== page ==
The word "case" is a term of art that has long been understood to mean "a suit instituted according to the regular course of judicial procedure." Muskrat v. United States, 219 U.S. 346, 356 (1911) (Article III "case" or controversy); see also Black's Law Dictionary (6th ed.) 215 ("case" is a "general term for an action, cause, suit or controversy at law or in equity"). This general understanding applies to criminal proceedings. See Chavez v. Martinez, 538 U.S. 760, 766 (2005) (holding that a criminal "case" - as distinct from an investigation - "at the very least requires the initiation of legal proceedings"). Moreover, the statute's use of the definite article "the" in reference to the word "case" shows that "the case" implies a specific adversary proceeding rather than an indefinite investigation. Cf. Rumsfeld v. Padilla, 542 U.S. 426, 434 (2004) (use of definite article "the person" in 28 U.S.C. § 2242's provision regarding a habeas custodian signifies that there is usually only one proper custodian, and not several different ones). By contrast, petitioners apparent reading of Section 3771(a)(5) wrongly makes its use of "in the case" superfluous. See, e.g., Duncan v. Walker, 533 U.S. 167, 174 (2001) (court's duty is to "give effect, if possible, to every clause and word of a statute," and to avoid rendering terms superfluous).
Our interpretation, however, gives "in the case" effect and comports with the legislative history. See 150 Cong. Rec. S10910, S10911 (Oct. 9, 2004) (statement of Sen. Kyl) ("This right to confer does not give the crime victim any right to direct the prosecution. . . . Under this provision, victims are able to confer with the government's attorney about proceedings after charging.") (emphasis added). It also accords with other provisions of the CVRA. The victims' right to confer with the prosecutor presupposes that the victims have already received notice. Yet the CVRA's right to "notice" is tied to the pendency of "proceedings." 18 U.S.C. § 3771(a)(2). Likewise, the CVRA's best efforts provision shows that Congress is perfectly capable of distinguishing between an "investigation," on the one hand, and a "prosecution" or "case" on the other. See 18 U.S.C. § 3771(c)(1) (referring to both "investigation[s]" and "prosecution[s]"). If Congress intended for the right to confer to apply to "investigations," and not just "cases," it would have said so explicitly. Yet by not doing so, and indeed, by using the word "case" instead, Congress plainly meant something other than an investigation. (11)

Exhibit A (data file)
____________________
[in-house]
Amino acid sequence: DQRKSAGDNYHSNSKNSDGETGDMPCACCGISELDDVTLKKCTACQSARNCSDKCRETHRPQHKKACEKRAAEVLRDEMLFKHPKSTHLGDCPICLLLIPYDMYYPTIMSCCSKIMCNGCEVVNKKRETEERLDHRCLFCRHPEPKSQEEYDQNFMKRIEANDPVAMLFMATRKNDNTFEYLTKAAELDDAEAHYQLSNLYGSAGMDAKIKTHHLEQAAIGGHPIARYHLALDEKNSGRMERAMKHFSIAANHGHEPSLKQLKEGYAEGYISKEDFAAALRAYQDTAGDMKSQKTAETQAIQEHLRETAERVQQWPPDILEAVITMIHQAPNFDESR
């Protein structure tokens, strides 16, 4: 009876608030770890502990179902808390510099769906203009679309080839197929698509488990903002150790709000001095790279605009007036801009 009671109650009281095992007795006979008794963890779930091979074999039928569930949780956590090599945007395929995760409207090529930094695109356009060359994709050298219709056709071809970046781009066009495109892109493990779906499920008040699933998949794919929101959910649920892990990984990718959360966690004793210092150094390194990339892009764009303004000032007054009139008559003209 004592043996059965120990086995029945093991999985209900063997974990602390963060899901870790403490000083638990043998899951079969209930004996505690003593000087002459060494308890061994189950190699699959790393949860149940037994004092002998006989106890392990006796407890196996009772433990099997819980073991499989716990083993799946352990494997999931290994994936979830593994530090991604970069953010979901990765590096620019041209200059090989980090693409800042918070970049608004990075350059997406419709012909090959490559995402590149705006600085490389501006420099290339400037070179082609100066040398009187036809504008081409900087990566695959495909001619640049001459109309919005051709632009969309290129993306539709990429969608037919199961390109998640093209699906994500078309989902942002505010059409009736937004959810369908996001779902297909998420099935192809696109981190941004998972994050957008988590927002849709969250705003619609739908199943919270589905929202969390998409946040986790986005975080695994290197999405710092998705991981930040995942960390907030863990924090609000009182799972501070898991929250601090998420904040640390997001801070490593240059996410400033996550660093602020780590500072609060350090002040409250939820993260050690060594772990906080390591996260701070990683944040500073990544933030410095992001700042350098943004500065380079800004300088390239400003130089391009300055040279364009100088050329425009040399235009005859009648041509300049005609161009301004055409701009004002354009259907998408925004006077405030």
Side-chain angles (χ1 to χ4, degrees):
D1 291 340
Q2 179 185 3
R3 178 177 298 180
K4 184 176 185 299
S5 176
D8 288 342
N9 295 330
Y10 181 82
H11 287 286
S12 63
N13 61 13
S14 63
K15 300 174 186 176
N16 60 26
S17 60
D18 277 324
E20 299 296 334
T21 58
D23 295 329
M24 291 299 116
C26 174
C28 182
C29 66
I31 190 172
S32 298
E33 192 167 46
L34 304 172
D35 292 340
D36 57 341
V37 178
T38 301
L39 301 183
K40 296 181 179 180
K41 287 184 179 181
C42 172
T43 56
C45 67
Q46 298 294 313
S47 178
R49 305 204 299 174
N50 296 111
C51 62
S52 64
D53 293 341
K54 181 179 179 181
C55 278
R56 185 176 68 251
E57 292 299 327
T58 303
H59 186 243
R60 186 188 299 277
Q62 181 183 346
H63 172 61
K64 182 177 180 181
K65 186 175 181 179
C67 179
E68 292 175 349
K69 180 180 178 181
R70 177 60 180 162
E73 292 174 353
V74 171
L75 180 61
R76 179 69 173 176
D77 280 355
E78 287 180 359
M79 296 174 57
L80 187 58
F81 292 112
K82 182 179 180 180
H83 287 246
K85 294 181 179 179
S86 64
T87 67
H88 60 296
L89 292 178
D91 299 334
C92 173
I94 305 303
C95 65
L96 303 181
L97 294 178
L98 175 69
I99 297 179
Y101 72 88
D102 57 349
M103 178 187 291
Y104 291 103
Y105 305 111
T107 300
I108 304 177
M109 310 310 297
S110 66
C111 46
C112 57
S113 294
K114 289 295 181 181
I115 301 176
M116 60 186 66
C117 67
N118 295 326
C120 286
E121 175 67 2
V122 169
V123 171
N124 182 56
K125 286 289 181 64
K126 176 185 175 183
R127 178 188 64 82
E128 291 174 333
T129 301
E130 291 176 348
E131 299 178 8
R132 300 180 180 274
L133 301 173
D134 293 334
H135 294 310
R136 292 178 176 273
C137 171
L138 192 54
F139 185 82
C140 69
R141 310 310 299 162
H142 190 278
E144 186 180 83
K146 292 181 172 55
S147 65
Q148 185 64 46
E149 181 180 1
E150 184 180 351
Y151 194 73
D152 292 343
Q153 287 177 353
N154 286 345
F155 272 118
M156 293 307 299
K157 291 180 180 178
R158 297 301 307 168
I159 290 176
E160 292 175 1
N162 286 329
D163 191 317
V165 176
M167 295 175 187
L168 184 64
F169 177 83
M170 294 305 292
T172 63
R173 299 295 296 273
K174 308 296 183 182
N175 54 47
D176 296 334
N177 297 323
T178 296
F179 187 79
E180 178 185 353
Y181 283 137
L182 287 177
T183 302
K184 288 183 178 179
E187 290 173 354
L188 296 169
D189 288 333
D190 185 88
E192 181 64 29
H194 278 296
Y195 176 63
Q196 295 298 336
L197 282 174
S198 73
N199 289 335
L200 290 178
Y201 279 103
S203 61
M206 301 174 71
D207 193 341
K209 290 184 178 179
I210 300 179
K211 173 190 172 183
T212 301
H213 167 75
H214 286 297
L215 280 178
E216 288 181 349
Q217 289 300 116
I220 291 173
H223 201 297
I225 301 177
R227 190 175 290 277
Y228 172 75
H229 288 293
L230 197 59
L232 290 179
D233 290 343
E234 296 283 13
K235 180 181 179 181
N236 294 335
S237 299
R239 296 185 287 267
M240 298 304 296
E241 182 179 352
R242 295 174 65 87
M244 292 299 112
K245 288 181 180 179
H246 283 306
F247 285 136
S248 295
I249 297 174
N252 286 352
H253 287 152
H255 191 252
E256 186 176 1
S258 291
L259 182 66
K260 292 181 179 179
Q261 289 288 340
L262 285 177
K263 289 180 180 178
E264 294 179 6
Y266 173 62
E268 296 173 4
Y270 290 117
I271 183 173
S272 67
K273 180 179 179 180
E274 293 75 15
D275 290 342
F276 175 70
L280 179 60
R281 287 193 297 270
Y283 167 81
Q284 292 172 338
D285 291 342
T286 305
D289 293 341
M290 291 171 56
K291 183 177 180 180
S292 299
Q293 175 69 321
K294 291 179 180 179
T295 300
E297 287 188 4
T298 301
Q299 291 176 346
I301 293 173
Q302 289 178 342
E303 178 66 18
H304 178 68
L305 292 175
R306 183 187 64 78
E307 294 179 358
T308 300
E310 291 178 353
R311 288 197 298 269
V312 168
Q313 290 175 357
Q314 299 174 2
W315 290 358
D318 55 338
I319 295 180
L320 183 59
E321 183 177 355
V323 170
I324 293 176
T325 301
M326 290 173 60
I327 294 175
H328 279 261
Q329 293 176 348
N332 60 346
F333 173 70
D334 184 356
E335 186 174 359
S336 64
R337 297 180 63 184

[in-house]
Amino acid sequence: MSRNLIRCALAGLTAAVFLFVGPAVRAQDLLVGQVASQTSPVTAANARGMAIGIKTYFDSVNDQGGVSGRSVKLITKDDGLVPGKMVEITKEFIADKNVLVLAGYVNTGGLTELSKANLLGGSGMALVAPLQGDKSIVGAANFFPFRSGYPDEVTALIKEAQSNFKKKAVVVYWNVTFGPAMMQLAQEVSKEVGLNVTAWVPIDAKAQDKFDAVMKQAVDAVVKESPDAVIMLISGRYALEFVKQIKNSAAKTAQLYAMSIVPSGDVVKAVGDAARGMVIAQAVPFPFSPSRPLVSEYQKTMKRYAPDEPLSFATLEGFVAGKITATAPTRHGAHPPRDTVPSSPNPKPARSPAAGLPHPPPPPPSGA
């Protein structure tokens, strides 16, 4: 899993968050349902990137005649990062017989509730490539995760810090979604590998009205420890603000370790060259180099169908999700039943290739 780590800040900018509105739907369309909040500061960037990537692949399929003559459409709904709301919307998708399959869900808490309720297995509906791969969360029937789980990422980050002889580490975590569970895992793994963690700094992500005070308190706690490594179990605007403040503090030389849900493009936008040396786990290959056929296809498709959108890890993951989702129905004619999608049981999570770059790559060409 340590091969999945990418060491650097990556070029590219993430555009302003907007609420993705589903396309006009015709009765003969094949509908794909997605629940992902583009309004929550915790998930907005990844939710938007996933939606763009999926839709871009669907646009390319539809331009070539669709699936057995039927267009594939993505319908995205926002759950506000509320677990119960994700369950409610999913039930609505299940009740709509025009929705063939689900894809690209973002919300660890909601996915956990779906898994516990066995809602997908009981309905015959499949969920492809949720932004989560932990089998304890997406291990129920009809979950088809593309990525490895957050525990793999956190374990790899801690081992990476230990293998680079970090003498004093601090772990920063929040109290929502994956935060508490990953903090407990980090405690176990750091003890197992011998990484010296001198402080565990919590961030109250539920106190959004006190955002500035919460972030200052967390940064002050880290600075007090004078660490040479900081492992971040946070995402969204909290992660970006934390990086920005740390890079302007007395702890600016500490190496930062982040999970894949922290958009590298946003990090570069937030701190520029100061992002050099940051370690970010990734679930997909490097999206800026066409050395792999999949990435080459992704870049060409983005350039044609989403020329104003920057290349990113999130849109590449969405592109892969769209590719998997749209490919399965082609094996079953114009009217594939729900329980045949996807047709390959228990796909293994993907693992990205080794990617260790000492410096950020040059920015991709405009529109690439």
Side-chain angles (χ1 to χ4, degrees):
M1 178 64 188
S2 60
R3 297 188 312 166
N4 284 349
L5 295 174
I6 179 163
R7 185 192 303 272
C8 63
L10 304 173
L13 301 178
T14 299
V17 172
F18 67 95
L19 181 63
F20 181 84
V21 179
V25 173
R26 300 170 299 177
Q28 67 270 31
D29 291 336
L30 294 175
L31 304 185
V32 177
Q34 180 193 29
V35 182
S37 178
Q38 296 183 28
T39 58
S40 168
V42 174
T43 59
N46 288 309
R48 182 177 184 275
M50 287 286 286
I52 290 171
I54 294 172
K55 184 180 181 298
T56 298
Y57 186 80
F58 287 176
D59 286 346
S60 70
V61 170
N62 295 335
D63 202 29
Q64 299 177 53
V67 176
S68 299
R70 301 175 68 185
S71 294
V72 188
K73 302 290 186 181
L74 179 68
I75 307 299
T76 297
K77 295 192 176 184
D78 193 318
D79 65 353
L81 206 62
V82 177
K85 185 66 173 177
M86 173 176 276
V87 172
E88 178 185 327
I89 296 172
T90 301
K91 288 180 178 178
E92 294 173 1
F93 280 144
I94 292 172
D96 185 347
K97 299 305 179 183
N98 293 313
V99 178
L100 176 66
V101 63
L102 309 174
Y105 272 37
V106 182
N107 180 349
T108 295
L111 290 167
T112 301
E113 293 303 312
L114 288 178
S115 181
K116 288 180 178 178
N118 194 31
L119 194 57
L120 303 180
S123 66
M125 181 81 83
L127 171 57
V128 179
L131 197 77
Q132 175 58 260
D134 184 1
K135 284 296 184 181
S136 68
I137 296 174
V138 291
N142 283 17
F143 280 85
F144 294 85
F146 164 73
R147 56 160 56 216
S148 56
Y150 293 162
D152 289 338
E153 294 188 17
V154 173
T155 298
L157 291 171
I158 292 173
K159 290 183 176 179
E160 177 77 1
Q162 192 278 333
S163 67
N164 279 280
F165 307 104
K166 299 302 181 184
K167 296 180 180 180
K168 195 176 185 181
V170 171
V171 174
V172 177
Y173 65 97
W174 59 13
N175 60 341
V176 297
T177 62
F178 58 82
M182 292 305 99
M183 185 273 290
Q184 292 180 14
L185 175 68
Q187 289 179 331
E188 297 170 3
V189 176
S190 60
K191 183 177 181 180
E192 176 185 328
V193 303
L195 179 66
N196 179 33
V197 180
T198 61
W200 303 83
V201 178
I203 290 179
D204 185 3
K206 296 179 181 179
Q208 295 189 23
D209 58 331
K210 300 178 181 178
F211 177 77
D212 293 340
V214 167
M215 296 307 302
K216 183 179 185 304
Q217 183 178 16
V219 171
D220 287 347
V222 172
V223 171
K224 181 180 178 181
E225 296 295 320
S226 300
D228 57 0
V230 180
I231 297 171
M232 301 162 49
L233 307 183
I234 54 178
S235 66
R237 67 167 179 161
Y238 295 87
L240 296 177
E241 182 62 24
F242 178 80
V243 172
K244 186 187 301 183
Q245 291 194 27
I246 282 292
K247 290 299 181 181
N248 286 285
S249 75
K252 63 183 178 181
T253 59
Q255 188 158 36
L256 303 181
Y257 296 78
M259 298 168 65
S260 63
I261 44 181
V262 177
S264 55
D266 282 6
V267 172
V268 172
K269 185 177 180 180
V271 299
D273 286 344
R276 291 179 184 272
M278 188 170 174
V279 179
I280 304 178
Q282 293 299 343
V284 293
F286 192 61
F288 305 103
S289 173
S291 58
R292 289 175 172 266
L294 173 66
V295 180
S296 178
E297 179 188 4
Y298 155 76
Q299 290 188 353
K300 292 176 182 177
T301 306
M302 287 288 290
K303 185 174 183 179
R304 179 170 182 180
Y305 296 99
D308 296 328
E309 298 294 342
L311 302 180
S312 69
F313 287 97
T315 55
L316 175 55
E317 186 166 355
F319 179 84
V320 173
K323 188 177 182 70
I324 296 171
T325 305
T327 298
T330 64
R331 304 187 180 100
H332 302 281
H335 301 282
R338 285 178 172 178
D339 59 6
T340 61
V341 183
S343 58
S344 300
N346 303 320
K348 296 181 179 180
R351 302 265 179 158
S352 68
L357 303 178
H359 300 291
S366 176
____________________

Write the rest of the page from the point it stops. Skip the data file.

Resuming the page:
We recognize that in In re Dean, 527 F.3d 391 (5th Cir. 2008) (per curiam), the court stated that in the CVRA Congress made a "policy decision - which [courts] are bound to enforce - that the victims have a right to inform the plea negotiation process by conferring with prosecutors before a plea agreement is reached" even where no charges have been filed. (12) Id. at 395. Dean, however, is not well reasoned and should not be followed in this Circuit. The opinion does not address the meaning or import of Section 3771(a)'s phrase "in the case." In fact, it omits it when quoting the statute. This is not surprising because the temporal scope and meaning of the right to confer was not a focal point of the Dean mandamus litigation - the parties assumed that the right to confer applies before charges are filed, and so the court of appeals reached out and addressed that issue without the benefit of briefing.
Moreover, Dean limits its ruling to the particular circumstances of that case: the refinery explosion had "fewer than two hundred victims, all of whom could be easily reached." Id. at 395. Dean does "not speculate on the applicability to other situations." Id. at 394. The situation here is much different. If petitioners' contentions are correct, all direct and indirect purchasers of ice in the country - probably tens of millions of people - could be recorded as victims. Lastly, because the Dean court concluded, "for prudential reasons, a writ of mandamus is not 'appropriate under the circumstances,'" it had no need to decide whether the petitioner demonstrated a right to the issuance of the writ. 527 F.3d at 394.
III. Standard For Issuance of Writ of Mandamus
Since the petitioners told the district court that they had received every right to which the CVRA entitles them, they cannot prevail under any standard. We do, however, wish to address briefly their mistaken claim (Pet. 11-14) that Congress in giving CVRA victims the right to seek review of district court denials of relief through a petition for a writ of mandamus did not mean mandamus in its long-established meaning as an extraordinary remedy, but rather meant it to be the equivalent of a routine appeal under 28 U.S.C. § 1291 or 1292(b).